BEIJING, March 10 Zhongnan Group, one of China's
largest builders, targets a 30 percent jump in revenue this
year, topping 100 billion yuan ($15 bln), as it benefits from
fresh spending on roads and hospitals, a senior executive said.
Lu Guiqing, who joined the company as general manager from
builder China State Construction Engineering Corporation last
month, told Reuters that the privately run firm was also bullish
on the property market.
"I think we will be able to see 10-20 percent growth in
housing, and with so much construction, infrastructure work
going on in China I think we will be able to see a 30-50 percent
jump there," he said on the sidelines of China's annual meeting
"We aim to cross 100 billion (yuan) in revenue this year,"
Zhongnan Group, whose listed subsidiary is Jiangsu Zhongnan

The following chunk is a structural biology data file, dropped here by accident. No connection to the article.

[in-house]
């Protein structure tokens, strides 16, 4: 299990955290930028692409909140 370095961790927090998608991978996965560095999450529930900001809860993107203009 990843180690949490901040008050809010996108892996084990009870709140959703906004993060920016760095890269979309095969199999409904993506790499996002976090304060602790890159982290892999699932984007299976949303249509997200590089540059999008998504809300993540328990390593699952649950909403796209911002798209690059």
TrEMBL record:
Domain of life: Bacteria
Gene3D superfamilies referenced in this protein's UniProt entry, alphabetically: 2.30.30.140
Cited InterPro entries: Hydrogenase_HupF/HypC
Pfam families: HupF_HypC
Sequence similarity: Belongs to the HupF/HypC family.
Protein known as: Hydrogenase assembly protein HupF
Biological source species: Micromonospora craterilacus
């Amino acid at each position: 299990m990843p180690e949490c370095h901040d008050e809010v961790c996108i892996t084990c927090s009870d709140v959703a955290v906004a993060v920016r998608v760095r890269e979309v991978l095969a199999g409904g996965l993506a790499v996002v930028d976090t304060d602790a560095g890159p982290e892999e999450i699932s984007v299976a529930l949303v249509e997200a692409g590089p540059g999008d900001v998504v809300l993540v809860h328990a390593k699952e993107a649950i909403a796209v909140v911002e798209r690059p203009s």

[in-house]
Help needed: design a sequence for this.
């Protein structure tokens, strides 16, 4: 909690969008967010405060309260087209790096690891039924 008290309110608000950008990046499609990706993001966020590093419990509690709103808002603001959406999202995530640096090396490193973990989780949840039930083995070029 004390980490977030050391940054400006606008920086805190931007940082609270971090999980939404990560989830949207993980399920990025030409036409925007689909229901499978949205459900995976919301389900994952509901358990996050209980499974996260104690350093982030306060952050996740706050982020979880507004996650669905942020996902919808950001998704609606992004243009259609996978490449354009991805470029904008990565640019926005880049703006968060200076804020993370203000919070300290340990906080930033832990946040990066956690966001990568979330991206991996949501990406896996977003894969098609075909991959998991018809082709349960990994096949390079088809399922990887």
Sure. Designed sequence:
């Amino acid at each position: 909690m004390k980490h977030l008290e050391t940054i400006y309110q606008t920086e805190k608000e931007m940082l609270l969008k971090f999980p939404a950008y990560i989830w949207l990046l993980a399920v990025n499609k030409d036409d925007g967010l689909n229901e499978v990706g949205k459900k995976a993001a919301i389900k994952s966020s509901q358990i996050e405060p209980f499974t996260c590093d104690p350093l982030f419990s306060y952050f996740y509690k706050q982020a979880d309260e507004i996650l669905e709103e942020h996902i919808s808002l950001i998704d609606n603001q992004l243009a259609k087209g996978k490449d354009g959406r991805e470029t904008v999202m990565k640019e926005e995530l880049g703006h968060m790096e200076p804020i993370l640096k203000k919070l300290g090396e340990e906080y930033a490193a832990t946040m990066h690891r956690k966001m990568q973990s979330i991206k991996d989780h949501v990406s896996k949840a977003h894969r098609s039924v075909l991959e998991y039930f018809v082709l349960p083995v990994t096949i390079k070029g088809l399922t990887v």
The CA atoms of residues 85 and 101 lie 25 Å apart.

Construction Group Co Ltd, reported revenues of 75.5
billion yuan in 2016, according to its website. It is one of
China's biggest builders with assets of 100 billion yuan last
Property development accounts for over 60 percent of its
revenue, while infrastructure construction makes up about a
quarter, Lu said.
Chinese building companies have benefited from a red-hot
property market and from a ramp up in infrastructure spending as
the government has sought to stave off a sharp economic
Real estate investment rose 6.9 percent in 2016 as property
sales in China saw the fastest annual growth in seven years, and
the government plans to invest a further 1.2 trillion yuan
between 2016 and 2018 to develop information
"I'm still optimistic about the real estate industry, China
is at a stage of development where we have not seen an end to
urbanization," Lu said.
He is not worried by the government's forecast for economic
growth of 6.5 percent this year, its slowest in 26 years.
"China's economy has experienced 30 years of high-speed
growth ... it's normal for it to slow," he said. "Of course (the
construction business) won't be flourishing as much as past
years, but I don't think it will be too uncomfortable."
($1 = 6.9161 Chinese yuan renminbi)
(Reporting by Brenda Goh and Yawen Chen; Editing by Susan